1. Sprint is doing both. Sprint’s press release says that it will be “creating multimode devices that will support services on both the 4G network and the 3G network [read: EV-DO] in areas outside the planned 4G coverage, and will provide voice service using the core 3G network. The 4G broadband network will offer a complementary, high-bandwidth service driven by data centric devices.” Data centric devices obviously driven by Intel. Multimode devices (e.g., phones) provided by Motorola.
2. EV-DO will be the back up for WiMAX. Read the quote again, go ahead. The plan is to have EV-DO provide coverage outside of 4G coverage. But that ain’t all. Sprint still needs a decent broadband alternative – in the same major markets as WiMAX – for devices that don’t support WiMAX.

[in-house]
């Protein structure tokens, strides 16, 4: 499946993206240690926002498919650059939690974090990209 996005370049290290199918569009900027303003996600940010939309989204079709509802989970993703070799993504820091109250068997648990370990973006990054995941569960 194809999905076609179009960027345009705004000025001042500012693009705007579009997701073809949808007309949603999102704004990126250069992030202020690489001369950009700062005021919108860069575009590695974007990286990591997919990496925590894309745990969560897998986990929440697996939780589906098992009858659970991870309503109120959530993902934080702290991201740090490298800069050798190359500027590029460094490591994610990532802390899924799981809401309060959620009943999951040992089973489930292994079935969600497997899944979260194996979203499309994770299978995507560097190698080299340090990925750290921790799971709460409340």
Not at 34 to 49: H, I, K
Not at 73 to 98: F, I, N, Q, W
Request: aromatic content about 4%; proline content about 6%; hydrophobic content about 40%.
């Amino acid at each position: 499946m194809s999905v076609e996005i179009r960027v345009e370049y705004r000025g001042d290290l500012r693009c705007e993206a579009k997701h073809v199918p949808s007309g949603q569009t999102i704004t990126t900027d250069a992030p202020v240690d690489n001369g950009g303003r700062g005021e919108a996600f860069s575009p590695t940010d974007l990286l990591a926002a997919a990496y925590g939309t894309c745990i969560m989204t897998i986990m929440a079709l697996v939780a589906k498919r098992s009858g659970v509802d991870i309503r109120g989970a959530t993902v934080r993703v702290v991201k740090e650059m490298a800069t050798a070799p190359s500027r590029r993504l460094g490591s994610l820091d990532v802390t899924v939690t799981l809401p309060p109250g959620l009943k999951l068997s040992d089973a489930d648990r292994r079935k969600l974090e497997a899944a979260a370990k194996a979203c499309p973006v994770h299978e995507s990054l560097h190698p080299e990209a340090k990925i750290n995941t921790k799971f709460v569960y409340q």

For those trying to gauge the speed of the WiMAX rollout and the rate of adoption (after the dust has really settled), I see two places to watch carefully.
Handsets. The rollout of any wireless network is usually gated by the availability of mobile handheld devices. Limited availability of handsets can mean limited use of the network. Narrow application scope – or narrow range of handset types – can mean limited usefulness on the network. In the game of poker that is WiMAX, handsets are the tell, the nervous tick that tells you how fast the technology will be adopted. Mobility. WiMAX’s biggest challenge going forward will be the development of true mobility. Right now, WiMAX is largely a nomadic offering similar to Wi-Fi hotspots. How soon WiMAX can support large numbers of users driving down the highway at 75 mph, and operate with the battery life expected on most phones, will determine how mobile it really is.